Portable oxygen?


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Gary O
August 21, 2014, 01:29 PM
Do any of you folks take along a small oxygen bottle while hunting at high altitude? As I get older I feel the effects of altitude sickness more and more...thanks.

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Patocazador
August 21, 2014, 05:11 PM
Depending on the altitude, a small bottle won't last long.
Most people don't have trouble below 10,000' as far as altitude sickness goes but you have to get acclimated to that height. Several days at a lower altitude is usually enough. You will still get tired faster and 'winded' easily but the headaches, etc. should be under control.

Ask your MD about Diamox (acetazolamide). http://www.traveldoctor.co.uk/altitude.htm

jmorris
August 21, 2014, 07:45 PM
My Dad uses Boost canned oxygen sometimes when we visit my sister but it is not a long term fix. Do you know how high you can go and still feel ok?

My wife for example is fine at 7000 ft +\- but doesn't do well at all at 14,000 even just sitting there.

People are different and only you will know what you can stand. Might start out hunting as low as you can and move up from there.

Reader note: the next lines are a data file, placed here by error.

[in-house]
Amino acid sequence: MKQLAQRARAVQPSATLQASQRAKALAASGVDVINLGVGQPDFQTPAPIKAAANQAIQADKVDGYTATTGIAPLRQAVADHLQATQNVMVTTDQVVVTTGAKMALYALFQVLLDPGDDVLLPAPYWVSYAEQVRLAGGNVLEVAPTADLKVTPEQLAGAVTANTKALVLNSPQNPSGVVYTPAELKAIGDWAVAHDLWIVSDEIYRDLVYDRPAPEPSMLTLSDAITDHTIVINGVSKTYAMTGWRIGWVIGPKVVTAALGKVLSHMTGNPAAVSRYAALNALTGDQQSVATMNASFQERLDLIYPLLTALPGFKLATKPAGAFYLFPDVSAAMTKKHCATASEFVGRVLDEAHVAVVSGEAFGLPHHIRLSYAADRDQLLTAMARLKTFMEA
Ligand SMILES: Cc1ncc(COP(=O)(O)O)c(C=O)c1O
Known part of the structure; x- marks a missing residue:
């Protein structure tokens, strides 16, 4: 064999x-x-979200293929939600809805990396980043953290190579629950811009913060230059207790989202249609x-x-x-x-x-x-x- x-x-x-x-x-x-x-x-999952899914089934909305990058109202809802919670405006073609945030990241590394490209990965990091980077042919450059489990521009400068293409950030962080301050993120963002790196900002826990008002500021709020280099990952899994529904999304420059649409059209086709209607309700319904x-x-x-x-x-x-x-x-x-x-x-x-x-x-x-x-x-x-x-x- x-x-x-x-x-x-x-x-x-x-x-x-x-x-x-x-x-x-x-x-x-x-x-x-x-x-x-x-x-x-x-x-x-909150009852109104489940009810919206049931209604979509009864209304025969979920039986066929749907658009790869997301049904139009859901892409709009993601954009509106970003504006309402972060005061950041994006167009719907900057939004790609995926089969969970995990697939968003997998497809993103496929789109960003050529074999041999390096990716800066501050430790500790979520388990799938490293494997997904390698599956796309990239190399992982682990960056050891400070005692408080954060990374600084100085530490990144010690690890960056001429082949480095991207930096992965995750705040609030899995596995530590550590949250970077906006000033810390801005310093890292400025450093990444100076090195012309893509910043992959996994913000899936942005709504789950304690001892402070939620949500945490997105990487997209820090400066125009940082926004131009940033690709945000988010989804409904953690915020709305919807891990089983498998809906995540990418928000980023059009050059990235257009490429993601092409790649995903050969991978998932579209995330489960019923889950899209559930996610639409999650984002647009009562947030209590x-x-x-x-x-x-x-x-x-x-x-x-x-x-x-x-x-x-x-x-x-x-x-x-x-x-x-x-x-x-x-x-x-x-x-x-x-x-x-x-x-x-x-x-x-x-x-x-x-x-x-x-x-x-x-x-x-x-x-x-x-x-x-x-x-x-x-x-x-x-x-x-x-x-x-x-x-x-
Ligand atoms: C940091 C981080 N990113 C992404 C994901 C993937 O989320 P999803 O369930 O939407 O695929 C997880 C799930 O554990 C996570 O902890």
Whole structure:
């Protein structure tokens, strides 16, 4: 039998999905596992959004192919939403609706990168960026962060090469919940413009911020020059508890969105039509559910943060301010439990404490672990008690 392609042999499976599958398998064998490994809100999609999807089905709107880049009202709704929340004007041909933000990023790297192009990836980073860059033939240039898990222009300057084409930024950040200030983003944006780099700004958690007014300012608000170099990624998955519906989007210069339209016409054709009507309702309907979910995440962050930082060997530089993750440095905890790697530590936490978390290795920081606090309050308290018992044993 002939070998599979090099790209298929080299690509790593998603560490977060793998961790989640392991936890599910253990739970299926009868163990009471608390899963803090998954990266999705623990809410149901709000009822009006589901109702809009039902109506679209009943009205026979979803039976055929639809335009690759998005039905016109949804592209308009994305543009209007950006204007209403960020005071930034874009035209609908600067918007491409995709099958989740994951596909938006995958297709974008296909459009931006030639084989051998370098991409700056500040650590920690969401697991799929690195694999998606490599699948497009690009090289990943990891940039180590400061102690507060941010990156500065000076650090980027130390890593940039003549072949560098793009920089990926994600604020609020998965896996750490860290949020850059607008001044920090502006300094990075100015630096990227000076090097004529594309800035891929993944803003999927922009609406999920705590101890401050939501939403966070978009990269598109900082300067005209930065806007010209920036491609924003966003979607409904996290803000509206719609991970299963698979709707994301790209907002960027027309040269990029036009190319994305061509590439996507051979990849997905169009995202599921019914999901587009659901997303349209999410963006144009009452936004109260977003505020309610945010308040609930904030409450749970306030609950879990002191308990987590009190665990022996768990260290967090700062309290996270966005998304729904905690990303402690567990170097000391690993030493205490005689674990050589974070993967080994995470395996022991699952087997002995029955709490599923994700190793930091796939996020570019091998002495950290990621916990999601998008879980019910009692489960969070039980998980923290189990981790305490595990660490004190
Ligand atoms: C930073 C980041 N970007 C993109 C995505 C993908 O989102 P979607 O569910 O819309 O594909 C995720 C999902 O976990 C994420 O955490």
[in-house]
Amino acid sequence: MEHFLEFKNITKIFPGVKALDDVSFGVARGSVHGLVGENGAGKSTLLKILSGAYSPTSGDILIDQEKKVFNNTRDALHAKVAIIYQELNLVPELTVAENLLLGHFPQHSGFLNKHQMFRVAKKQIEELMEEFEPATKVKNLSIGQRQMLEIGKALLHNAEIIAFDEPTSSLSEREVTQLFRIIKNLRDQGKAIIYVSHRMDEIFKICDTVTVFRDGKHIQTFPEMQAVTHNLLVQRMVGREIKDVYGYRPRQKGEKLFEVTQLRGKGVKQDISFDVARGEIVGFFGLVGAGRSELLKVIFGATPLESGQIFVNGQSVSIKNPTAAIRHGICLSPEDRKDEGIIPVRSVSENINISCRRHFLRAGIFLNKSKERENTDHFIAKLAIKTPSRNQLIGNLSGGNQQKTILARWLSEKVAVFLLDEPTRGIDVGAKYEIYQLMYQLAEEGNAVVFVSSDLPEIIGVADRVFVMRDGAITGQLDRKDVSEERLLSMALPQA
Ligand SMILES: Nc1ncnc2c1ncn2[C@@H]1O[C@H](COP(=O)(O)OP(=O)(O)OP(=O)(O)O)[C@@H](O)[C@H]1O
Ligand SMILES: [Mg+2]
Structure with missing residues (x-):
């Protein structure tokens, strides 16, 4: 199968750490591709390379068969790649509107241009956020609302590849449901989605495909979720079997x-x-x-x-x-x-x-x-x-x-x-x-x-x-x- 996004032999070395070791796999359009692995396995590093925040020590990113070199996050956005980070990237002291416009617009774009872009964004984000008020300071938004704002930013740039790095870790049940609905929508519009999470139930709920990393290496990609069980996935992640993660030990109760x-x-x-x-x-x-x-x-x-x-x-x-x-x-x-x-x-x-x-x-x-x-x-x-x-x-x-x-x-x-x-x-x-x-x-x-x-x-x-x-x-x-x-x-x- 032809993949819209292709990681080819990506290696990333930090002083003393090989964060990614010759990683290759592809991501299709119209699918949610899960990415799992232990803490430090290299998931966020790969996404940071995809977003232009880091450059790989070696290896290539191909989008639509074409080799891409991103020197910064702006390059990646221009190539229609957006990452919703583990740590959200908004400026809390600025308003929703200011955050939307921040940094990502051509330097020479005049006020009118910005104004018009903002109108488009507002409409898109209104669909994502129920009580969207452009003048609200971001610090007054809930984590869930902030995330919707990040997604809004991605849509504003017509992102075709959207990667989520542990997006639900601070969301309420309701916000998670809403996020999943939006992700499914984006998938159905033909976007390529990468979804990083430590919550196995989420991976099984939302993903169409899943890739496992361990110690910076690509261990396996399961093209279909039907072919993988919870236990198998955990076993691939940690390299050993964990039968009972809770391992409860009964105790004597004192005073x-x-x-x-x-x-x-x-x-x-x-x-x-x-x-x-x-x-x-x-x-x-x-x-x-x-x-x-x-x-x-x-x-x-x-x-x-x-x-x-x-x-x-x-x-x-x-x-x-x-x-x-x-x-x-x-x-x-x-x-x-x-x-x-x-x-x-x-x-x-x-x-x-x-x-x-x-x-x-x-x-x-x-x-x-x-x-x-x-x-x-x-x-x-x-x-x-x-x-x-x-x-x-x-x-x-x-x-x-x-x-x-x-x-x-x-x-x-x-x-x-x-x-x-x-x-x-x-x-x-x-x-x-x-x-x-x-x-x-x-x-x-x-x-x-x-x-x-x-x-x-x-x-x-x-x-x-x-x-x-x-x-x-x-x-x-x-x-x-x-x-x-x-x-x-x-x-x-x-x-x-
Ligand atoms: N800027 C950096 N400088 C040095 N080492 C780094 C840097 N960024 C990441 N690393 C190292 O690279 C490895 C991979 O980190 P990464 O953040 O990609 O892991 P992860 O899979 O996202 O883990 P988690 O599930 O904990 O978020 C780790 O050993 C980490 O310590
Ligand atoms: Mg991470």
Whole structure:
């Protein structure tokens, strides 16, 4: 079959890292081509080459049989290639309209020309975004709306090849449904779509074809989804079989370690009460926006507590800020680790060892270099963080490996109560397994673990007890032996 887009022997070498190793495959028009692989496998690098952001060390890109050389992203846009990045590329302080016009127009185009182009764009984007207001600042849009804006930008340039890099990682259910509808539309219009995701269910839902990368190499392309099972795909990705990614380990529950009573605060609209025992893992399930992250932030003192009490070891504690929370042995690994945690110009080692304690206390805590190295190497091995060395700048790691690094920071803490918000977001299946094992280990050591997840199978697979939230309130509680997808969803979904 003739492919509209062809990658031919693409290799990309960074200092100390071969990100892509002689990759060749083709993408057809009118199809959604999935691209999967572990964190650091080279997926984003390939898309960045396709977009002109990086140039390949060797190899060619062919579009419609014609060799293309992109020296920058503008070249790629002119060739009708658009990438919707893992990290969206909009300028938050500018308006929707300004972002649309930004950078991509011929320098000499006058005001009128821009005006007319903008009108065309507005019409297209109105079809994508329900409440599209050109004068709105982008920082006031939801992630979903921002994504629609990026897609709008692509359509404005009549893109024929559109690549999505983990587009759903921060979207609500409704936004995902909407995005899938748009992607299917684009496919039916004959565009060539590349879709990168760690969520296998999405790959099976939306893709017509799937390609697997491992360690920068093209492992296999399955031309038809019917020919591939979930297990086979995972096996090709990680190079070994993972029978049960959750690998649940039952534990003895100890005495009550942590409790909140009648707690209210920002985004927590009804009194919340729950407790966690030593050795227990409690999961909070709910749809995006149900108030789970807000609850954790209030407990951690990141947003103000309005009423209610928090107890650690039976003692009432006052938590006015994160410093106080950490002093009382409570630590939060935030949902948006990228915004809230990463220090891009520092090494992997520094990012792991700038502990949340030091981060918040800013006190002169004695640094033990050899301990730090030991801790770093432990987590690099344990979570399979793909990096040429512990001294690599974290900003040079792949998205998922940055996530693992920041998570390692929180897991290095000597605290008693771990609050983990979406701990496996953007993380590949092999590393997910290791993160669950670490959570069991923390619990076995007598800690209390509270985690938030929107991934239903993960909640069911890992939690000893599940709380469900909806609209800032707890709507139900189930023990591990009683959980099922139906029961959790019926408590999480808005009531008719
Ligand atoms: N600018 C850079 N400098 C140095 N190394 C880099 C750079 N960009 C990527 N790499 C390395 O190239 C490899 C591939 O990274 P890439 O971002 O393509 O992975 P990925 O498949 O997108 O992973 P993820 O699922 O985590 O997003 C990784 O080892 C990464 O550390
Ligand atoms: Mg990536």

Also remember the hunt will be much less taxing on your body than packing out the animal. Don't "bite off" more than you can chew.

longknife12
August 21, 2014, 07:54 PM
Pace yourself and double the water.A little Tylenol and try to come up a couple of days early. Don't kid yourself, we that live here have to adjust!
Dan
;)

gamestalker
August 21, 2014, 08:50 PM
You know, now that I am no longer a spring chicken, I considered doing that this last spring, as I knew I was going to be hunting at elevations between 9,000' and 10,500'. But then I considered that I have been hunting at such elevations for quite a number of years, and rarely experienced much, if any difficulty. But my thoughts on this are that, if you know you have issues with altitude sickness, then yes, at least have a small tank with you, and maybe some medicine, just in case it gets to be an issue.

Even moderate elevations of 9 or 10 thousand feet can have serious consequences for some folks, so make sure you are in good physical condition. And if it is at all possible, make a dry run, in other words if it's feasible take a trip to the high country and hike a couple slopes and see how you feel. That's in fact what I did prior to my spring hunt this year.

GS

jmr40
August 22, 2014, 04:32 PM
Unless you have someone to carry it for you, you'd probably expend more oxygen carrying the extra weight than it would provide for you. I could see a small tank kept in camp for emergencies.

Art Eatman
August 22, 2014, 11:38 PM
They don't give them away, and a doc's prescription is needed, but "Life Choice" has a portable five-pound generator that works off a car's cigar lighter. On high production, its battery is good for an hour's steady use. I rarely use mine, having it mostly for "In case of in case." I didn't worry about such things when I was a young lad of only sixty. :D